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City works with residents to find a solution for South Knoxville parking shortage

Under a new pilot program, residents can apply for a hang tag that allows them to park on Phillips Ave. No other vehicles are allowed to park there.

The City of Knoxville has launched a pilot program in an effort to making parking easier for some South Knoxville residents.

According to the city, people who live in the 700, 800 and 900 blocks of Phillips Avenue – between Barber and Empire streets – are having a tough time finding street parking because it's taken up by patrons of nearby businesses, especially at night. In some cases, vehicles are sometimes blocking alleys and driveways. 

“There’s been a lot of recent investment in the South Waterfront commercial district, and unfortunately, that’s caused some growing pains,” said Rick Emmett, the City’s Downtown Coordinator, who also serves as a liaison between South Waterfront stakeholders.

The residents asked for help, and city officials worked with residents to come up with a first-of-its-kind pilot program in Knoxville.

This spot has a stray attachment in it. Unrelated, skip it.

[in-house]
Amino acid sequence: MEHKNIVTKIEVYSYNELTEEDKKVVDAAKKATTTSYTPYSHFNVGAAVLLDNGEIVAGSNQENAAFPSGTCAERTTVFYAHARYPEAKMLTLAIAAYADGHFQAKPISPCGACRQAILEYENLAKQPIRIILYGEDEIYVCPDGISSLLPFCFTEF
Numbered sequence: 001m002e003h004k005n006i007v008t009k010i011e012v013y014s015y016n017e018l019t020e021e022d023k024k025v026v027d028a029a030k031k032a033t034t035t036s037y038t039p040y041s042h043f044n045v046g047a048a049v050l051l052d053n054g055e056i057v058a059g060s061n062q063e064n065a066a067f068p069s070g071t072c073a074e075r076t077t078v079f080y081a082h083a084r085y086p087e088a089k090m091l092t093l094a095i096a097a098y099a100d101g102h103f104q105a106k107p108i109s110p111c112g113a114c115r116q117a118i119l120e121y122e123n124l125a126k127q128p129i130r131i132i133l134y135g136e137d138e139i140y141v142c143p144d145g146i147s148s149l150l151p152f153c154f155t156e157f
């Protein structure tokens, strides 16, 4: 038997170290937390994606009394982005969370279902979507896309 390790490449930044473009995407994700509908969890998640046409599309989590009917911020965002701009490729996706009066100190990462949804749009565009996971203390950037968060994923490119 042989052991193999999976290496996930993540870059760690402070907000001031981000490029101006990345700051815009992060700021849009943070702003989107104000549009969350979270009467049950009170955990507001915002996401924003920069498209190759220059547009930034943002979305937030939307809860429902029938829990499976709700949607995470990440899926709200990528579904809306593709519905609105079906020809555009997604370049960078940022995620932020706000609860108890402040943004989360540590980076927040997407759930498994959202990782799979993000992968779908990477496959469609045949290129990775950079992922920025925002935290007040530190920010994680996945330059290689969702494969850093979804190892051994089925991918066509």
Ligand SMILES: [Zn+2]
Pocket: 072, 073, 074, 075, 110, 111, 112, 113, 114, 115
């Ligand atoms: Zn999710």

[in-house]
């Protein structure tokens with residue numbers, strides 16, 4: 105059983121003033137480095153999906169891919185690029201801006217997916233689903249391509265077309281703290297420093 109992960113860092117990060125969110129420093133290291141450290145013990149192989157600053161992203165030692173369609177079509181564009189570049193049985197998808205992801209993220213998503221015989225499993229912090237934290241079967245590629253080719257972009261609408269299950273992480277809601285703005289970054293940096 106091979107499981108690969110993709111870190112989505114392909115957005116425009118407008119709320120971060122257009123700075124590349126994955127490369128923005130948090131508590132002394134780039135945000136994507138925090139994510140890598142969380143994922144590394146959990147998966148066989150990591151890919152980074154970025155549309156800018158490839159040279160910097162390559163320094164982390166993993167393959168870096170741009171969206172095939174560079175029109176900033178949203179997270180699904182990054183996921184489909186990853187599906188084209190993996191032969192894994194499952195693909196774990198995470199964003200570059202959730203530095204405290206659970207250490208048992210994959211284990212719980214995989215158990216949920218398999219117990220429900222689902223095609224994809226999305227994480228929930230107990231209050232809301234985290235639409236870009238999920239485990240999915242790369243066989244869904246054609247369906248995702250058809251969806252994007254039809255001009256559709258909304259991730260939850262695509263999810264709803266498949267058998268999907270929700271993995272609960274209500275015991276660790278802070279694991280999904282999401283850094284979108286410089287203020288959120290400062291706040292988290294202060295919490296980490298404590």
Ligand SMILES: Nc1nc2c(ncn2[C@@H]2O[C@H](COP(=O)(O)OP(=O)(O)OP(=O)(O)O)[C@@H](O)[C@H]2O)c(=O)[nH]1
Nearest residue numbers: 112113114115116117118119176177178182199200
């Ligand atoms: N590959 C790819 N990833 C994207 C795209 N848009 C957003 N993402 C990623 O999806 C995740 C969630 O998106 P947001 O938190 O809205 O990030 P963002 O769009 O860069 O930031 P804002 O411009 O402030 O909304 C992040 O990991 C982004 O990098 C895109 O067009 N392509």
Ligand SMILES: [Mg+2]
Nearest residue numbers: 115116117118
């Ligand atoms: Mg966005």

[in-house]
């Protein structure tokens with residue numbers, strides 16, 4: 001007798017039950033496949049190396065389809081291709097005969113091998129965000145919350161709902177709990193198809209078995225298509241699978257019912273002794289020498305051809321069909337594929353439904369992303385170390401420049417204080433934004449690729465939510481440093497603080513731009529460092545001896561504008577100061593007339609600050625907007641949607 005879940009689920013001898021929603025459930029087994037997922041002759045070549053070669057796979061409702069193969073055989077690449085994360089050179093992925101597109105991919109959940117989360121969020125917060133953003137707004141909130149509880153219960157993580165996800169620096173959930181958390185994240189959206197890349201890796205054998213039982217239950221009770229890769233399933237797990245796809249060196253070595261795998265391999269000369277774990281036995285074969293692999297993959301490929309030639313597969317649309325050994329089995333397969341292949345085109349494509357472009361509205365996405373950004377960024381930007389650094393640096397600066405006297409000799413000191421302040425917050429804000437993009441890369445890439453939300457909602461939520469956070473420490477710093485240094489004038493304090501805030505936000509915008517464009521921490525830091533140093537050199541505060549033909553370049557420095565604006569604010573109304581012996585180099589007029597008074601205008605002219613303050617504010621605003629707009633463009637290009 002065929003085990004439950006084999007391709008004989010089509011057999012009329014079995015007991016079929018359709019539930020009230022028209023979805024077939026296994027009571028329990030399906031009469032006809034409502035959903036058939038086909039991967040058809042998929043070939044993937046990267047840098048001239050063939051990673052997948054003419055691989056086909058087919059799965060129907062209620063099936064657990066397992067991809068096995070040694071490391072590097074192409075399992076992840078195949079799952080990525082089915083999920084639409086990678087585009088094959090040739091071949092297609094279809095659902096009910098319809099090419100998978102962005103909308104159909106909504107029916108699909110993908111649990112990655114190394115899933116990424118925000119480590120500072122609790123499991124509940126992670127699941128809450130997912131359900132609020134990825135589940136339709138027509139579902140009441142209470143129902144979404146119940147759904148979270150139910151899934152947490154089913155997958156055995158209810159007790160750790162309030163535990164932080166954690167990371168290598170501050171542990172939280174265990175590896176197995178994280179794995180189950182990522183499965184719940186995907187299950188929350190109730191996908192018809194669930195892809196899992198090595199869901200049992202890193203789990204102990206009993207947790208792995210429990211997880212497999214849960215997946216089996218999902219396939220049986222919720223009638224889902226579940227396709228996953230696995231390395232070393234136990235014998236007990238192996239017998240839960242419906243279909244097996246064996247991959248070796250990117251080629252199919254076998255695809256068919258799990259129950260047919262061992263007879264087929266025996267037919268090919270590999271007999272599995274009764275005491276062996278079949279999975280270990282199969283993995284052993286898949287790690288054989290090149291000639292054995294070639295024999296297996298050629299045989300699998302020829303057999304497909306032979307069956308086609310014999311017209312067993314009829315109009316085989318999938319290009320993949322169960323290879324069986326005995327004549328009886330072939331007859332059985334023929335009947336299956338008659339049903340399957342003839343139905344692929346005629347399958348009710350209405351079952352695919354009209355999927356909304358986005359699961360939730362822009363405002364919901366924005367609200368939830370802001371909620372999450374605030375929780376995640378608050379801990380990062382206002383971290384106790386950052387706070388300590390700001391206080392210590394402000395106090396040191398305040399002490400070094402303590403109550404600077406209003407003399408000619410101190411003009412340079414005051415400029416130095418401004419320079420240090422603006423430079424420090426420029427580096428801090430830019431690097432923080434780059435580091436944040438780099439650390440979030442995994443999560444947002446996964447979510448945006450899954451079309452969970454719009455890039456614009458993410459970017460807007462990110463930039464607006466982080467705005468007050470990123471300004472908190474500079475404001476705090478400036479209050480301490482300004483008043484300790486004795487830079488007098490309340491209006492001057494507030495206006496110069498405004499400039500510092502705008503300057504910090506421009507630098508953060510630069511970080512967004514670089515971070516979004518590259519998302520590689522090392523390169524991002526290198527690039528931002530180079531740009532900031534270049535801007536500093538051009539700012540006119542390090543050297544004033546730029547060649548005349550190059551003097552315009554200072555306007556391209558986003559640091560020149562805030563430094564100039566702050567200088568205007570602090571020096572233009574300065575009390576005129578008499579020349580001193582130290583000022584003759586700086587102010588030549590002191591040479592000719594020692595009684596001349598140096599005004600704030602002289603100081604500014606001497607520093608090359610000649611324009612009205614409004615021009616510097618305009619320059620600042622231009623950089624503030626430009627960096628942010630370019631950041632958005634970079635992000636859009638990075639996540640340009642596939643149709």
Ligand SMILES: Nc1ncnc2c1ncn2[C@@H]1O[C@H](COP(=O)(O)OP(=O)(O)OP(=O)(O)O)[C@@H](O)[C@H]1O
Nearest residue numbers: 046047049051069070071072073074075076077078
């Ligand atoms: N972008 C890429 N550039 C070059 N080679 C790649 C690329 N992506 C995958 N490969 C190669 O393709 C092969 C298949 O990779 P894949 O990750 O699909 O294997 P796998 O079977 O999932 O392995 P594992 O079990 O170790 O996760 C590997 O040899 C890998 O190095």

Local residents can now sign up for tags to hang from their rearview mirrors. The city has now allocated street spaces on Phillips Avenue for those vehicles with the tags. Signs were posted in the area this week.

“The residents asked for the City’s help with parking issues, so City Engineering studied possible solutions and worked with the neighborhood to come up with this pilot program. We intend to monitor the situation and see if reserving some on-street parking spaces for Phillips Avenue residents will remedy the problem, at least for the residents.”

The city said 85% of the residents have already applied for the tags, which started being mailed last week. If you live in the area and want to get one, contact Parking Systems Manager Mark Elliott at melliott@knoxvilletn.gov.

Emmett acknowledged that parking is limited in that area. He said there are additional spaces available for business customers that are slightly less convenient and often underused. 

Shared parking may be another part of the solution, he said, where daytime businesses could make their parking available to neighboring businesses that are open at night, or vice versa.